More people in work despite end of furlough, latest figures show

The number of UK workers on company payrolls surged by 160,000 last month and there was no sign of a jump in redundancies despite the furlough support scheme coming to an end, according to official figures.

The Office for National Statistics (ONS) said payrolled workers jumped by 0.6% between September and October to 29.3 million – “well above” levels seen before the pandemic struck.

The unemployment rate also fell once more to 4.3% between July to September, down from 4.5% between June and August, in spite of the furlough scheme coming to an end on September 30.

The ONS said survey responses so far suggest only a small number of redundancies have been made among the 1.1 million still on furlough when the scheme closed.

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But it cautioned the full effect of furlough closing may yet be felt, with some workers let go still potentially working out their notice and on redundancy pay.

The data also showed that job vacancies reached a new record high, up 222,000 quarter on quarter to 1.17 million in the three months to October and 388,000 higher than before the pandemic as firms battled to hire amid mounting labour shortages.

Sam Beckett, ONS head of economic statistics, said: “It might take a few months to see the full impact of furlough coming to an end, as people who lost their jobs at the end of September could still be receiving redundancy pay.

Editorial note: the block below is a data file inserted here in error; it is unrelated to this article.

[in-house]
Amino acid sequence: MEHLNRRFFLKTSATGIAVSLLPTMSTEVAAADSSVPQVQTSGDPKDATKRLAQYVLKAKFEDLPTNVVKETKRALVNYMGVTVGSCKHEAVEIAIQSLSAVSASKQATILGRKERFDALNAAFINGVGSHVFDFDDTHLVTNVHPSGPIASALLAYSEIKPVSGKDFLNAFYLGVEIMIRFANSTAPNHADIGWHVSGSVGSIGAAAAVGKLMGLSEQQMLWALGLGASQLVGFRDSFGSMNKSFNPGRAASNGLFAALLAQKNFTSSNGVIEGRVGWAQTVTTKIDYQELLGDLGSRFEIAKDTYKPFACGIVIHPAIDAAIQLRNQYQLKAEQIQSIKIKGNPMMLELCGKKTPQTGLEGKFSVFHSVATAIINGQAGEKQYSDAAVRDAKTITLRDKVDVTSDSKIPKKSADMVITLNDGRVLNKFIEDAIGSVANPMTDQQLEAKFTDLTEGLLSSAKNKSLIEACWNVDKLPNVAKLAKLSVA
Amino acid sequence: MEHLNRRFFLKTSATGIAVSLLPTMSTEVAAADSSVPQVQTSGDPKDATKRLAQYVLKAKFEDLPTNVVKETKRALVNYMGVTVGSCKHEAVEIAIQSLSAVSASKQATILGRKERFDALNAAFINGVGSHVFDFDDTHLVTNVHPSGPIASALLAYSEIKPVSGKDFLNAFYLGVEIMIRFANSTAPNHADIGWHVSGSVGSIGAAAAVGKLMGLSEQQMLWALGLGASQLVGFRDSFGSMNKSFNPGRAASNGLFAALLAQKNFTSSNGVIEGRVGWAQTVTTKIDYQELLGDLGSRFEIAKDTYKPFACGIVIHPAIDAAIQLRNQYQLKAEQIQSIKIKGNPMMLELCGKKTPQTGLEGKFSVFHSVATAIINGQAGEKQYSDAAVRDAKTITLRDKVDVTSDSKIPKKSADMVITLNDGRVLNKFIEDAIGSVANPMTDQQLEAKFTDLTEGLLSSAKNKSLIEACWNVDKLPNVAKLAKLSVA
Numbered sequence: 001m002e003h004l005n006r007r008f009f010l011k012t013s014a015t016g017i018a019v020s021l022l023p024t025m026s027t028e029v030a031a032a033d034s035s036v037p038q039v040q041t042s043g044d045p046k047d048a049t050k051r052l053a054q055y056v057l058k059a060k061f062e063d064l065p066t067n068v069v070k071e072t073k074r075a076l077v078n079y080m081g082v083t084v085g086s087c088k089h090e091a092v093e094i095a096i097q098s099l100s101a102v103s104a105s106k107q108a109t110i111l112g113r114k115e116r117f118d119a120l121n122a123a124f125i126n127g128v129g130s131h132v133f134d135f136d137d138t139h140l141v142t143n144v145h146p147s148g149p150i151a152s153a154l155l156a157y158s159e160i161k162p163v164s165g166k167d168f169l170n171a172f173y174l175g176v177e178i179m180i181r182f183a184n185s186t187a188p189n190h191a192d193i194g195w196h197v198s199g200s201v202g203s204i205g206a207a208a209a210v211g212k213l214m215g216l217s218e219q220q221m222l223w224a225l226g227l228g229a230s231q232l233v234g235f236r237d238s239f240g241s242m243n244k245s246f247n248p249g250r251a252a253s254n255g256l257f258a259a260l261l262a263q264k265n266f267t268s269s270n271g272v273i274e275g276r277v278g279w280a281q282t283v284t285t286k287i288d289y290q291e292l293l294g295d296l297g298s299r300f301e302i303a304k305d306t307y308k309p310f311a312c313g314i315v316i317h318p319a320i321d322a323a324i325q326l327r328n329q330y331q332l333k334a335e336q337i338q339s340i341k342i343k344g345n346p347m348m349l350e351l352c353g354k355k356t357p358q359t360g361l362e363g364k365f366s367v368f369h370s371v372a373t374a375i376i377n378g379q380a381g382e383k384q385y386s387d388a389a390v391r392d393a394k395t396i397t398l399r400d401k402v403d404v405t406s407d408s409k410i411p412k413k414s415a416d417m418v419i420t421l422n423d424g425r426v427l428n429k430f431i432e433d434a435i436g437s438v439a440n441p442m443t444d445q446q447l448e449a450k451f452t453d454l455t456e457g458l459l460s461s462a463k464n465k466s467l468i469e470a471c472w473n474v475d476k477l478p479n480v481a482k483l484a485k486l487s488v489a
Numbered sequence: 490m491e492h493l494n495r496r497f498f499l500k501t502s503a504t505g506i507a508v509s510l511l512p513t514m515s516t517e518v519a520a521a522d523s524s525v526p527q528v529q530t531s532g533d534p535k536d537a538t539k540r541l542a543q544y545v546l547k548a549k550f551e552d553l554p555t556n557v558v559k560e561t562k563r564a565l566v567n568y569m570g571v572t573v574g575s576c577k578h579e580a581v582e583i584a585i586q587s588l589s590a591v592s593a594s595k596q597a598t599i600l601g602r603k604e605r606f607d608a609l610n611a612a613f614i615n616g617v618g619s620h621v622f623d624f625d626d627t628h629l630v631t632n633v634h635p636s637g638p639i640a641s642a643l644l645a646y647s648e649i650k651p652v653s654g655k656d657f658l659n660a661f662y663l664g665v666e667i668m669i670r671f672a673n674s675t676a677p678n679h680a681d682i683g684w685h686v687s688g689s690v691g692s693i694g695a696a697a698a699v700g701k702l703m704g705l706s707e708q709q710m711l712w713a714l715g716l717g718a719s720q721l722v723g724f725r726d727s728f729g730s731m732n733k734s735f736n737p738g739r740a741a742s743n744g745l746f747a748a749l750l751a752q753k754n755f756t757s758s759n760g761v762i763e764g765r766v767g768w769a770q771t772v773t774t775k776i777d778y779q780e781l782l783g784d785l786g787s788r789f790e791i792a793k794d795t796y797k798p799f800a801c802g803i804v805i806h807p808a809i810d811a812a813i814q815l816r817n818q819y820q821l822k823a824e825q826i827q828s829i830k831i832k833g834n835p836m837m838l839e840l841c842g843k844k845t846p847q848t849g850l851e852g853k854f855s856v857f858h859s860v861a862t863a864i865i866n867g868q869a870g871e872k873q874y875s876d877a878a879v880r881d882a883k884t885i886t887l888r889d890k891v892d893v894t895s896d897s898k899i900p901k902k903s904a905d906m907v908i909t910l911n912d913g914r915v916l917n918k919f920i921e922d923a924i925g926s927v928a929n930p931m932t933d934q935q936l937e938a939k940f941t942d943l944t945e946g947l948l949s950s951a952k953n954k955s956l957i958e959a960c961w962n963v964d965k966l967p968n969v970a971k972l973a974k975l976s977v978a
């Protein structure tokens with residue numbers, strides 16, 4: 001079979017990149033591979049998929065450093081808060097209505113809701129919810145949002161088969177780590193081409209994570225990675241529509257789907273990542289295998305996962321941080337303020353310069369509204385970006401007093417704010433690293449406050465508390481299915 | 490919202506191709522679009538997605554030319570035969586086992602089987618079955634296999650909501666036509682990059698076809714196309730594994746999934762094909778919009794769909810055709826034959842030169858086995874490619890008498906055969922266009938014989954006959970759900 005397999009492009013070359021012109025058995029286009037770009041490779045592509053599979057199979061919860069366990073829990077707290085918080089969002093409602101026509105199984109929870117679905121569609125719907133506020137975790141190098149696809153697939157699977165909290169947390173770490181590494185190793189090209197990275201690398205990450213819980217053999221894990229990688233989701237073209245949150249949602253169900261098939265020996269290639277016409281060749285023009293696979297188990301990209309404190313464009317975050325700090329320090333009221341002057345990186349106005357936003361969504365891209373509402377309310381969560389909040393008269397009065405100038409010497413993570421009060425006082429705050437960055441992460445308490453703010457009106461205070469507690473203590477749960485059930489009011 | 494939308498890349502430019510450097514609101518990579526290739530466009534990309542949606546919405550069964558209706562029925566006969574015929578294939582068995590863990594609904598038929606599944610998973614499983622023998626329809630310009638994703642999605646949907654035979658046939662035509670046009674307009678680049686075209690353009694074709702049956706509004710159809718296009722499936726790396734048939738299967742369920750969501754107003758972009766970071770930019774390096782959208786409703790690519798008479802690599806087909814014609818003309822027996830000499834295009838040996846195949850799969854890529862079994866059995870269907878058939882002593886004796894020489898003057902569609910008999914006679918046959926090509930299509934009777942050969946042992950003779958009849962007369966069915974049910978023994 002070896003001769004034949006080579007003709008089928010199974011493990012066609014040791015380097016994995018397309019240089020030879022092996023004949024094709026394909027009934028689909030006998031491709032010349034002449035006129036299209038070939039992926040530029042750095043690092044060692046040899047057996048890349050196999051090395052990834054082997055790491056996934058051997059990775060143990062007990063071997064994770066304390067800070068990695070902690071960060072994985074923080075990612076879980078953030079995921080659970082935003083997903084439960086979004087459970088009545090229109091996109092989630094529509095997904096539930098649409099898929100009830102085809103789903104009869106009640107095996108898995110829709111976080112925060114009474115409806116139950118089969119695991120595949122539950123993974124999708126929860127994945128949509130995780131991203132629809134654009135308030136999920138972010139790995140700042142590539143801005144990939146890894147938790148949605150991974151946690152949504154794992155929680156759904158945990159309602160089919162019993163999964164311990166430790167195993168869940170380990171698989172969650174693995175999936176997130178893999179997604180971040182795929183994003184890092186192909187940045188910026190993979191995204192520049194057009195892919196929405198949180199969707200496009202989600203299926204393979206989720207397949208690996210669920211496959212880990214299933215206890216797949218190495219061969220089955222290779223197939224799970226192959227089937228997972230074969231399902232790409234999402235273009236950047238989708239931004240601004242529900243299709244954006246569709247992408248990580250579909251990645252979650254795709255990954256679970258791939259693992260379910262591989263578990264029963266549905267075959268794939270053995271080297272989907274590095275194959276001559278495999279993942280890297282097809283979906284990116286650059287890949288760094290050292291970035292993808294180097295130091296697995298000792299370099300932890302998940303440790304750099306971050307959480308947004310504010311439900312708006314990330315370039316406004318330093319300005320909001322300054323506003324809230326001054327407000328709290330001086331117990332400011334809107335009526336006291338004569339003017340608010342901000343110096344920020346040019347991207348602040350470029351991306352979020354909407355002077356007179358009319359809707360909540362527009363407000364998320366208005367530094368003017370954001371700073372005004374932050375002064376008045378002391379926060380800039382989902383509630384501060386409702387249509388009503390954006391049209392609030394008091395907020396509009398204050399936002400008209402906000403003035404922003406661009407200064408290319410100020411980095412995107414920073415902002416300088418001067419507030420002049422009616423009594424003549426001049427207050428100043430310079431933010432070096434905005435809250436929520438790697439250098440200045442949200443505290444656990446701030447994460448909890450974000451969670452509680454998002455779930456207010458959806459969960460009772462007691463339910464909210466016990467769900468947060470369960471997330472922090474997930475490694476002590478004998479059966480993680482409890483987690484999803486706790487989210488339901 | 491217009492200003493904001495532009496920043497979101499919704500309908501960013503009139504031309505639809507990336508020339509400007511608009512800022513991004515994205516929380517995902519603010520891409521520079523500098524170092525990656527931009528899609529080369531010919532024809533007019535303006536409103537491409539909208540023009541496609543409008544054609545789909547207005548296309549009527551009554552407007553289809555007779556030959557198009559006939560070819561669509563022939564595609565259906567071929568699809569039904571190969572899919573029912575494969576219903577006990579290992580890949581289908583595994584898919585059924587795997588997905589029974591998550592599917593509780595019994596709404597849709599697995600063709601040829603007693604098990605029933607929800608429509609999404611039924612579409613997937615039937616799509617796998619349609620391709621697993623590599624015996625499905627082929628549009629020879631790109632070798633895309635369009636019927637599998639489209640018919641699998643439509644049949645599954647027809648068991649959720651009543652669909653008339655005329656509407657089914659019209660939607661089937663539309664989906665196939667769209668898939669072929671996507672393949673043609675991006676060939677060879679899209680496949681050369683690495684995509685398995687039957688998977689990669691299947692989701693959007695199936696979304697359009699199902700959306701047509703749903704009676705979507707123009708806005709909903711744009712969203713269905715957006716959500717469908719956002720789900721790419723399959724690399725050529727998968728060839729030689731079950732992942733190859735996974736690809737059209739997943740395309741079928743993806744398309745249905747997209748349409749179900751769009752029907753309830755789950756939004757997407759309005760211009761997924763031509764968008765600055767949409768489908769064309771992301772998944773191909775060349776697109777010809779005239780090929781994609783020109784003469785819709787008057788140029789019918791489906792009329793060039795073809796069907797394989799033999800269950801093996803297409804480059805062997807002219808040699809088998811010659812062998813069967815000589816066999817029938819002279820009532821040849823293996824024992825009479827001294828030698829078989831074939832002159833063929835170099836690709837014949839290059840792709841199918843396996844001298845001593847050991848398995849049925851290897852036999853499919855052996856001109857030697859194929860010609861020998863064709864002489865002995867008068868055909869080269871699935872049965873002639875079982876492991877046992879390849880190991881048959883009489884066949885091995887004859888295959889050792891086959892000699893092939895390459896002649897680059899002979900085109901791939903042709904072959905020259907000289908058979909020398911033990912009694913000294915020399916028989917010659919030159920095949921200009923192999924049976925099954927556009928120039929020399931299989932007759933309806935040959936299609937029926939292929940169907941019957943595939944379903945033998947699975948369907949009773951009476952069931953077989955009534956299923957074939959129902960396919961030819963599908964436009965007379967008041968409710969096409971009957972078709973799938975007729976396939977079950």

“However, October’s early estimate shows the number of people on the payroll rose strongly on the month and stands well above its pre-pandemic level.”

She added: “There is also no sign of an upturn in redundancies and businesses tell us that only a very small proportion of their previously furloughed staff have been laid off.”

Britain’s jobs market has now recovered above levels before the Covid-19 crisis hit, with the furlough scheme cushioning the blow for workers.

Almost nine million British workers were on the support scheme at the peak.

But the ONS showed the increase in payrolled workers in September was not as big as first thought, with a downward revision to 171,000 added in the month, against the 207,000 initially estimated.

There were 1.4 million unemployed between July and September, down 152,000 on the previous quarter, while employment rose 247,000 to 32.5 million.

Wages growth eased back, with total average weekly earnings up 5.8% between July and September, down from a 7.2% hike previously.

Earnings figures continue to be skewed by certain factors, with lower paid jobs being hit hardest by the pandemic, but the growth is thought to be easing as fewer people came off furlough and saw their pay recover.

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